North Charleston has approved a deal that settles a contentious dispute with the state government over freight rail access to a new container port planned on the former Navy base.
City Council approved the deal shortly before 6 p.m. on a 9-1 vote with Bobby Jameson opposed.
Council member Dorothy Williams was absent.
The state will largely get what it wanted — a rail yard on the base on property now owned by Clemson University, with rail access to the property from the north and south, plus some city-owned properties associated with that plan.
The city will get more than 100 acres of state-owned land at the north end of the former base, including historic properties there, plus $8 million in cash paid over four years, and the state will take over $6.5 million in debt related to prior redevelopment efforts.
The city fought the state’s port rail plan for years, largely out of concern that the plan would squash budding redevelopment efforts both on and off the former base. The dispute got heated after some of the Noisette redevelopment property on the base was foreclosed upon in 2009, and then acquired by the state.
The planned rail yard will send some freight north along Spruill and Virginia avenues, skirting the Olde North Charleston and Park Circle neighborhoods, but the line will go around the historic north end of the base, which the city hopes to redevelop.
Several lawsuits related to the port rail dispute will be dropped as part of the settlement.
City Council’s approval of the plan had been anticipated. North Charleston Mayor Keith Summey, Gov. Nikki Haley, and state Commerce Secretary Bobby Hitt this morning scheduled a joint news conference immediately following the council meeting to talk about the deal — an unlikely move if approval wasn’t assured.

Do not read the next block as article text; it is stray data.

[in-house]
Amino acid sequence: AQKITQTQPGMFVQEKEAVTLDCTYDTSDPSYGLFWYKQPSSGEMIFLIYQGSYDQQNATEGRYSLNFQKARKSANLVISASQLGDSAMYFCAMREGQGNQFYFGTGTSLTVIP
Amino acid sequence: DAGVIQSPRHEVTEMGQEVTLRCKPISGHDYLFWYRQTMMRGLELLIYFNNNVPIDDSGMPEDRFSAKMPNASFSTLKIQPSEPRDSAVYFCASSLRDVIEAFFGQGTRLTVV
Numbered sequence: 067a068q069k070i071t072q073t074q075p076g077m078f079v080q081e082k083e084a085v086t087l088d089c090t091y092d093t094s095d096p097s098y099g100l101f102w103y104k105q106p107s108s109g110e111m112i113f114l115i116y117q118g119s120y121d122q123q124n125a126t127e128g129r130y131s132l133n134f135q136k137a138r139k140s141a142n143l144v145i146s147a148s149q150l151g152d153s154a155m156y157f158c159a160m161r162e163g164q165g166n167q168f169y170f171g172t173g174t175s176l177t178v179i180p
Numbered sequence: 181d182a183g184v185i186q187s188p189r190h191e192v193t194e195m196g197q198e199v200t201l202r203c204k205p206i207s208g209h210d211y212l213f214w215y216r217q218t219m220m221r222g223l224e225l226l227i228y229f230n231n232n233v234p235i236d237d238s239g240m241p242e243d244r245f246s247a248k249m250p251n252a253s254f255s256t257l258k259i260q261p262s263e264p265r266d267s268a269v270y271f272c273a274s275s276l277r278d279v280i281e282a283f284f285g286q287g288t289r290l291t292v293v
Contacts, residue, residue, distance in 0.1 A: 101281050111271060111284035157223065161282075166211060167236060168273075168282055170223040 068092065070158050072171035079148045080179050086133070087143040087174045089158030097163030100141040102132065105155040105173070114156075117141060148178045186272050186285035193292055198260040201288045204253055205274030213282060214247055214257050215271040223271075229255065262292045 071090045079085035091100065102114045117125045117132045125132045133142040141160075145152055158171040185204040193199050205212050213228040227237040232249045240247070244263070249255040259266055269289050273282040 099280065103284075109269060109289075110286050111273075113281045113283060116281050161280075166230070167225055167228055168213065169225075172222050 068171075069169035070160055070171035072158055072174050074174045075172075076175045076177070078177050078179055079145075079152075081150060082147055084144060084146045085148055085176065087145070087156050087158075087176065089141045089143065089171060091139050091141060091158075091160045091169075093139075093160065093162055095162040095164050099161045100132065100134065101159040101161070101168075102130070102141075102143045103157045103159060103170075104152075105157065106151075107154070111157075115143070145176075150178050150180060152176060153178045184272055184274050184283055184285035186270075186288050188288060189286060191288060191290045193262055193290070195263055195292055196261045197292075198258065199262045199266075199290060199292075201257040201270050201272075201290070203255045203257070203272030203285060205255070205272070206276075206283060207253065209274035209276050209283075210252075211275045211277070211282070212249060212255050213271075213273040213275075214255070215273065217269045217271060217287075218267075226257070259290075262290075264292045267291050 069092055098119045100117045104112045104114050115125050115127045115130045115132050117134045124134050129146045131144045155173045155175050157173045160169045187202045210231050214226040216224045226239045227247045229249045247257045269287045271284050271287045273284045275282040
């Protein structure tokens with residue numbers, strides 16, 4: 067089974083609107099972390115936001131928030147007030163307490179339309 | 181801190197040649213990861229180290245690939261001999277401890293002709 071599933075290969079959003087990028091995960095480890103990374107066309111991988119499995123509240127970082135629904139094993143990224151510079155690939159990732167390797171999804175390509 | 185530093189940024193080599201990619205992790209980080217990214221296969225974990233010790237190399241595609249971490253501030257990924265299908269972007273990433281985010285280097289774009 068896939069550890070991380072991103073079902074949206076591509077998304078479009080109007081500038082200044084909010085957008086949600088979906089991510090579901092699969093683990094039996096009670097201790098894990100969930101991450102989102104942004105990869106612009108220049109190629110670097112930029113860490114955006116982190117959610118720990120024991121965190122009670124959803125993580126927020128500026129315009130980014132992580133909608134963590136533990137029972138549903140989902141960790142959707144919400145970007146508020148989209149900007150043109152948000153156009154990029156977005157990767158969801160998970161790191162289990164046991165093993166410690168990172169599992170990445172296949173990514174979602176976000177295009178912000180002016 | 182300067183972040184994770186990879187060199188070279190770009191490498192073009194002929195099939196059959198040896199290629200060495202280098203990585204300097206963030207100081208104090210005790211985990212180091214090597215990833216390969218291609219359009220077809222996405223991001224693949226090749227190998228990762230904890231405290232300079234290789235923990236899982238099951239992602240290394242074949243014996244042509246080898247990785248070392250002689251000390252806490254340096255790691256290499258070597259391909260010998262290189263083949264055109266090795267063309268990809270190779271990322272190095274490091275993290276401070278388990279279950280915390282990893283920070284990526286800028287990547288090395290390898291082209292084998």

The State Budget and Control Board has scheduled a meeting Wednesday morning to vote on land transfers and other transactions related to the settlement. The state will pay $250,000 of legal expenses incurred by the city, and half of any amount beyond that, under the deal.
The long and costly dispute over the path freight trains will take to serve a new North Charleston container port has been grinding on for several years. The state insisted throughout the conflict that railroad companies Norfolk Southern and CSX must each have direct access to the new port and its container traffic, in order to assure competitive prices for shippers.
The city has been pushing a plan to build the rail yard near the base, with rail access only from the south, and objected to the state’s plan to use the Clemson University property.
In the Park Circle area north of the base, some residents had protested the state’s plan, while in the Chicora-Cherokee area to the south, some residents had protested the city’s plan.
Reach David Slade at 937-5552 or Twitter @DSladeNews.
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